Too often, church is seen as something carnal, full of empty ceremony or both.
To illustrate this point, I heard a joke about church once that bears repeating. A horde of chipmunks were flooding a street that had three churches on it. The first two used brutal, inhumane means to kill the chipmunks and felt bad about it. The third was a Catholic Church. There the priest said that their method would not get rid off all of them all of the time and his method would make sure that they would only have to deal with them Christmas and Easter. He would baptize them.
The joke made the audience and I laugh but there was a kernel of truth to it. Often there are people that will do their duty by darkening the door of a church for those special occasions but stay away otherwise even if they felt “touched” by their experiences. People that are only holiday church goers also find church attendance then as less threatening. So they get a spiritual feeding and go home and not to return until later. Hardly the layout of a good spiritual family to just take the blessing and run.
The truest Holy Family is the Father, Son and Holy Spirit. Three in One. Three Who’s and one What. It is the highest experience of a community of persons we can presently point to. In those three persons are the Father who initiates love, the Son who responds the love and the Holy Spirit who proceeds as the personhood of love between.
Church, as founded by Jesus, is meant to be an extension of this divine fellowship where heaven and earth meet. Not because it looks nice nor gives the members goosebumps. A gathering of people as Christians is always to join together in Jesus and worship the Father in Jesus. It is his higher purposes to be met whether it is set of two or three gathered in his name or something even more deliberate. A gathering for higher purposes in the Old Testament was considered a solemn assembly. It was their everything. It was the qahal. When the Old Testament was translated into Greek in 2nd Century BC an assembly was translated as ekklesia.
Church was about being called out to something. The Greeks would refer the a small democratic town leaving the village to a nearby forest for a vote on what we might call a ballot measure. the “ek” was the out of. This comes to mind where we read in the Bible where God tells his people to come out and be separate for the world. The highest point for an assembly is to be consecrated in some way. This was needed because it was a sacrifice.
The important thing to note is that the advancing kingdom of God has an aspect that transcends what we can measure with our senses but still is true. The traits are there. This is why for them then and in modern times we need eyes to see and ears to hear and all the while without fear. For this family God started is supposed to walk in the, “[P]erfect love [that] casts out fear, because fear has to do with punishment” (1 John 4:17).
But in looking at the splendor of these truths of Jesus and the kingdom he founded in a heavenly context, we should not forget the roles of simplicity and humility that are communicated in the four gospels. This is why two of them, Matthew and Luke, give what is called the Infancy Narratives. Most of the storyline centers on three persons who are called in different Christian traditions the Holy Family: Jesus, Mary and Joseph. They serve as a basic template in truth and virtue for communities to be inspired by in the ages to come that call themselves Christian. One is not recorded for any of his words but suggests a sense of wonder. One is filled with grace and says a yes heard for all time. And one is grace and truth realized (John 1:17), “became flesh and dwelt among us” (John 1:14) and was born in the “house of bread” called Bethlehem. Let us go forward and explore this Church of Bethlehem.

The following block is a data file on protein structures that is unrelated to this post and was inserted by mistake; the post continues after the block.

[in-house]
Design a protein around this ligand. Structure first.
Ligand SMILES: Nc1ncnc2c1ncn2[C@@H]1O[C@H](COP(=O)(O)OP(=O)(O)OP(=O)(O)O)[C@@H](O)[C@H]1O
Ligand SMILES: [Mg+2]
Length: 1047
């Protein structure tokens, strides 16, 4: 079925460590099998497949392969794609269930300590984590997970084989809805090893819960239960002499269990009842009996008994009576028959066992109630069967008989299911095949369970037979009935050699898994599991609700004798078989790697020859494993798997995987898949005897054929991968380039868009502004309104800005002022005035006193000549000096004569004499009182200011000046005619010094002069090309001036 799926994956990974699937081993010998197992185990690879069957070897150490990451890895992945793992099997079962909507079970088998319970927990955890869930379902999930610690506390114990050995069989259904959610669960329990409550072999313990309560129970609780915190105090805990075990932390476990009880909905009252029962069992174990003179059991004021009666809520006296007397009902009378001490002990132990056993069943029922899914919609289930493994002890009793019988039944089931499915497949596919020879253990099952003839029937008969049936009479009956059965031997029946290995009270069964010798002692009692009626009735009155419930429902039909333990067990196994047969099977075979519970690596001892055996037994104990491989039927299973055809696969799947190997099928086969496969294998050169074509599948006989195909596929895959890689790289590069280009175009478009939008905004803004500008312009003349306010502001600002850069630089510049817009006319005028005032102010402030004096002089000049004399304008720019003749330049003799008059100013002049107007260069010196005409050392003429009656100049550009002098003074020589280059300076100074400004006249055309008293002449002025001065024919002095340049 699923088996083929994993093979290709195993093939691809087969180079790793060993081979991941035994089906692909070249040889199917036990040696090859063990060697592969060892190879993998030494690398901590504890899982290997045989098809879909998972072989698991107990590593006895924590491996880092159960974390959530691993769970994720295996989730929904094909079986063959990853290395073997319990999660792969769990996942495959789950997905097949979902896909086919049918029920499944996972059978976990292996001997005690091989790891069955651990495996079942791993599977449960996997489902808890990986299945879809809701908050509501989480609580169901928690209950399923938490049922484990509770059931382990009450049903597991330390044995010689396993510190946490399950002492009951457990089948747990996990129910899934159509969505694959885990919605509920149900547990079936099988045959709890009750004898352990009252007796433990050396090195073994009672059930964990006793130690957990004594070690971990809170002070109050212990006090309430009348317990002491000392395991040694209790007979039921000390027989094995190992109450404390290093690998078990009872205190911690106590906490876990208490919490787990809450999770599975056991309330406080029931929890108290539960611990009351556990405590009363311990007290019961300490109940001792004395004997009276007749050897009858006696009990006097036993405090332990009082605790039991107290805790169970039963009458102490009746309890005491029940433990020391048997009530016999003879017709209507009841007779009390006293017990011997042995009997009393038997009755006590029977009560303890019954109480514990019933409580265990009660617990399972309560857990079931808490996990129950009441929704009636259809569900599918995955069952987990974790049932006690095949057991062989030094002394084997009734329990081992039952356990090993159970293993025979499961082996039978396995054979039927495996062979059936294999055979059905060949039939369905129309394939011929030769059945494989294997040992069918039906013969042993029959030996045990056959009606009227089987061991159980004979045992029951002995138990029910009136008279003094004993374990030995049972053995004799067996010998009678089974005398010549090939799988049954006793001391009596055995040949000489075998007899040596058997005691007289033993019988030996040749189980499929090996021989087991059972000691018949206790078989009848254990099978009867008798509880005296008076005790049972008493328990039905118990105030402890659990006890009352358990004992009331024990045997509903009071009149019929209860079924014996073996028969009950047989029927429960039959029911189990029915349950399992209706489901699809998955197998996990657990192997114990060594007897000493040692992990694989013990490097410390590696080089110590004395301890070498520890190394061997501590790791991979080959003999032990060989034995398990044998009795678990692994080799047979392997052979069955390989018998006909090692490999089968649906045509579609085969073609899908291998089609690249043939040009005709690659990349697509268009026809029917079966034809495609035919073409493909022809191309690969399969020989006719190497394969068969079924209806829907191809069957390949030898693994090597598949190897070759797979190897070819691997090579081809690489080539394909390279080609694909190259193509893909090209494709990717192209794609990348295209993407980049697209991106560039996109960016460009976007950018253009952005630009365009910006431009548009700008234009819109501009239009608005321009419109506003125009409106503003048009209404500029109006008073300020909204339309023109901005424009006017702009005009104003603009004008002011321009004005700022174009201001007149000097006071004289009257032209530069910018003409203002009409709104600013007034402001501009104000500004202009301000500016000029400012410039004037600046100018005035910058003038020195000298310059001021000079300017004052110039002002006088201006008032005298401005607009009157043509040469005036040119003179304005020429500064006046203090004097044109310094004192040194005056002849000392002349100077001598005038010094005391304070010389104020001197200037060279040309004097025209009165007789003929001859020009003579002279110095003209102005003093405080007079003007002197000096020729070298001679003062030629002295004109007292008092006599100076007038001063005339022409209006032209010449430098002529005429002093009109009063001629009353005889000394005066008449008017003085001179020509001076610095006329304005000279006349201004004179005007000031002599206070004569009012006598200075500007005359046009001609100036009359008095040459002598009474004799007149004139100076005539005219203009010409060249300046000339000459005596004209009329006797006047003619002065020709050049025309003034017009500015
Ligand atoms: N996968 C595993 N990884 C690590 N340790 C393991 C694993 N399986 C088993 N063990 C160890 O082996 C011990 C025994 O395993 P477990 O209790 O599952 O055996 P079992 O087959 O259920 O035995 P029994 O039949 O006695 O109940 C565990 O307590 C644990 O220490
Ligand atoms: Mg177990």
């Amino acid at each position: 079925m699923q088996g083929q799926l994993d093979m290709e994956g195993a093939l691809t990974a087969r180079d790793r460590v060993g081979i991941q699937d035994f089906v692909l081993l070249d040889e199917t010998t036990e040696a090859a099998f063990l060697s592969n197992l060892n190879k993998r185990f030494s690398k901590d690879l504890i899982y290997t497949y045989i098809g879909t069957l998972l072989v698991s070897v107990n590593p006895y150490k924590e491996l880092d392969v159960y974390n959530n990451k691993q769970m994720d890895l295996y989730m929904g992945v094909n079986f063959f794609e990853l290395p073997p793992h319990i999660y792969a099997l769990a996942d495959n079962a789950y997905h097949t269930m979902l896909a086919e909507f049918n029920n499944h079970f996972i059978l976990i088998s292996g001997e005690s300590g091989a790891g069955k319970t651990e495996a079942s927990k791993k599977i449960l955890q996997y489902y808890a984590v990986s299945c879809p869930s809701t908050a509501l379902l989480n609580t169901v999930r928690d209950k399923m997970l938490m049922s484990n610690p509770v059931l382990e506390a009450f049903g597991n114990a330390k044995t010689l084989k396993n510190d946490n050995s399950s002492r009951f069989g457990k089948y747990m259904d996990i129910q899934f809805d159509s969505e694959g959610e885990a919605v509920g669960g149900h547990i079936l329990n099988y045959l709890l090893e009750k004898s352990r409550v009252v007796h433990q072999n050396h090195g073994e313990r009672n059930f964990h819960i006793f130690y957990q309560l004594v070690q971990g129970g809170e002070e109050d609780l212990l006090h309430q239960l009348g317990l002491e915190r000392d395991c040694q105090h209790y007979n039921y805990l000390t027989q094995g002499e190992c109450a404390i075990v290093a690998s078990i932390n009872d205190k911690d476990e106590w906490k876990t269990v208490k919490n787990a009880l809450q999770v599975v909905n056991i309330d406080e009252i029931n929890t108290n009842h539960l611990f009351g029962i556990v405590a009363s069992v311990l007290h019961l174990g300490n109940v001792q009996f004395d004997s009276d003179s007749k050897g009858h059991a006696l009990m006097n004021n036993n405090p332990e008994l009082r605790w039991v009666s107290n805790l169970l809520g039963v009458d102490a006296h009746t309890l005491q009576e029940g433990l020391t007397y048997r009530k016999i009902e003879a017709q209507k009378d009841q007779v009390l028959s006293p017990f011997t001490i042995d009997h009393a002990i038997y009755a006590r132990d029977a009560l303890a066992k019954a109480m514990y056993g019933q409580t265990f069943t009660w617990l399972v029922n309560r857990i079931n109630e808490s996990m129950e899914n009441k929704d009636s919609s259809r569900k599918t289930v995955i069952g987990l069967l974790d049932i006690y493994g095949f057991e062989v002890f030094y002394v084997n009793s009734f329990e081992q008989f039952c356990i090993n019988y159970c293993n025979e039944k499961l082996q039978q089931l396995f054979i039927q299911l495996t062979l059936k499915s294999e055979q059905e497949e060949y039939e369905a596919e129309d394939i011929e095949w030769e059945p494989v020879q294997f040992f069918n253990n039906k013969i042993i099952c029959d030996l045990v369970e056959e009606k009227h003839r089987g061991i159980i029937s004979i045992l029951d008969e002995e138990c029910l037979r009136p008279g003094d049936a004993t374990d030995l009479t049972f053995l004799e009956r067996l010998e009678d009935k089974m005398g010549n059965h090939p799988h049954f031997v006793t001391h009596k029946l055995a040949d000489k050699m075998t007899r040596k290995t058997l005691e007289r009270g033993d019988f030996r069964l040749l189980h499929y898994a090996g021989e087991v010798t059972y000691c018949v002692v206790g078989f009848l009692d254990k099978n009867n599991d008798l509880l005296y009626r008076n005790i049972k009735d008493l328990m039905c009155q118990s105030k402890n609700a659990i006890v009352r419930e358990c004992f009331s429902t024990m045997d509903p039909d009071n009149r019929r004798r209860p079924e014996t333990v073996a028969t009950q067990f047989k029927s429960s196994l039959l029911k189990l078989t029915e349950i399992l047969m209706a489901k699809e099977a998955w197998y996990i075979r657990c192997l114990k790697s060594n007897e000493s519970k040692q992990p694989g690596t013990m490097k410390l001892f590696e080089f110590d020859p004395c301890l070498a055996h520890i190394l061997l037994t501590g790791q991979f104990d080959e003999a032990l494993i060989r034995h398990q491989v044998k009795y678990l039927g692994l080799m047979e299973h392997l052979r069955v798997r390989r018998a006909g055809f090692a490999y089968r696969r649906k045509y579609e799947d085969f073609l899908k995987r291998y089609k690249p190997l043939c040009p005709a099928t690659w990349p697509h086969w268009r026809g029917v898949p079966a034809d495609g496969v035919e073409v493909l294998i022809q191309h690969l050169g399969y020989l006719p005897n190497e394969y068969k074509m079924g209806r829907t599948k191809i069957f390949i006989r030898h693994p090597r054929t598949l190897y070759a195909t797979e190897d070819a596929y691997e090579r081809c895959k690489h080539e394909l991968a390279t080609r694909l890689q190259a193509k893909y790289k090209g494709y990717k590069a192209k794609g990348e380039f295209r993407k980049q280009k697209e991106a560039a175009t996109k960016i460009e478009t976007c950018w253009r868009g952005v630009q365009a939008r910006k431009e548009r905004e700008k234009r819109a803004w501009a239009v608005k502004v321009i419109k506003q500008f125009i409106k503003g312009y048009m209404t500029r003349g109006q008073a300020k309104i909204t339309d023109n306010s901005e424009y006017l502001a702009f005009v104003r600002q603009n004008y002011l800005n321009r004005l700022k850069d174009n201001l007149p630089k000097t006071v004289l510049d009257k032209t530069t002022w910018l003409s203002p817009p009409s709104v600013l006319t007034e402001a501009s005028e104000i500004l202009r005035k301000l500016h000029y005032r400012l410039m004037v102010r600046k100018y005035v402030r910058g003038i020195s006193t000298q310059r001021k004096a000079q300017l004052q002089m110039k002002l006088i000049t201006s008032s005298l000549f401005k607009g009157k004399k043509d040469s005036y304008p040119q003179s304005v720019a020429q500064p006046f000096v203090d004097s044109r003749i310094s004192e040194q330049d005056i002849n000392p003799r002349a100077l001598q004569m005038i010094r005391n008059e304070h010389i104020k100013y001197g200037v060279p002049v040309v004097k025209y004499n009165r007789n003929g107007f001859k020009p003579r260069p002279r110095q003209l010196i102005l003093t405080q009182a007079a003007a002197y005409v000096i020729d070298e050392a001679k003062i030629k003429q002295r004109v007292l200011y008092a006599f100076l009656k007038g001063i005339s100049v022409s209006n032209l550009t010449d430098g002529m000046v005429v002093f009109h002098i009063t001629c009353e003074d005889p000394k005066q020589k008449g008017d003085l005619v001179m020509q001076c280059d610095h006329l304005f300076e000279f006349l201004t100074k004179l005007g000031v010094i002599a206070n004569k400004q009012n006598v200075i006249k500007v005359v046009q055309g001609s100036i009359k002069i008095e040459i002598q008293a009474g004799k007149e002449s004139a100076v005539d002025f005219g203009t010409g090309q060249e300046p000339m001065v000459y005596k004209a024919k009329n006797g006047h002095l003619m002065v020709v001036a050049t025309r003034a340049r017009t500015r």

My hope in drawing the reader to the events that surround the birth and nativity is that they would allow the truths in those scriptures with a new perspective that would inspire a fuller understanding of Jesus Christ.
But skepticism can kick in if inquiring into Christianity when seeing what does not appeal to common sensibilities. Items such as mystery in ceremony, demands of “thou shalt not’s” and traditions that are not at first explained. For the modern person who wants to make sure everything makes sense it can be a bit distasteful to an inpatient mind. But with patiences one can ponder the Christmas story the right way and in turn ponder the person of Jesus and his call to follow him but in a different view by a baby’s coo. Encountering who Jesus is can be best seen through the lens of a responding to a proposition and not a passionless obedience to an imposition.
Seeing the participants in the Christmas story in a full way can reinforce that the plan of God is not oppressive but a guide to how and why we are made in the first place. This small family points obedience to the will of God that honors our design and does not demean it. In the words of GK Chesterton, “When is a train most free? When it is on it’s tracks”. Bethlehem, meaning house of bread, is a beacon that points us to tracks of the Father’s house instead of a courthouse.
Thus, we are called to encounter God with head and heart. A recurring point in the narratives is that the gospel is meant especially for those most in a humble state of mind so they can grasp the simplicity of the gospel. Jesus rejoiced at this saying, “I give praise to you, Father, Lord of heaven and earth, for although you have hidden these things from the wise and the learned you have revealed them to the childlike” (Matthew 11:25).
Going forward, let us prepare the way of Jesus in our hearts individually but in the context of disciples be intentional as the church of Jesus on the terms of Jesus. A Christ-centric community is to decrease as Jesus would increase.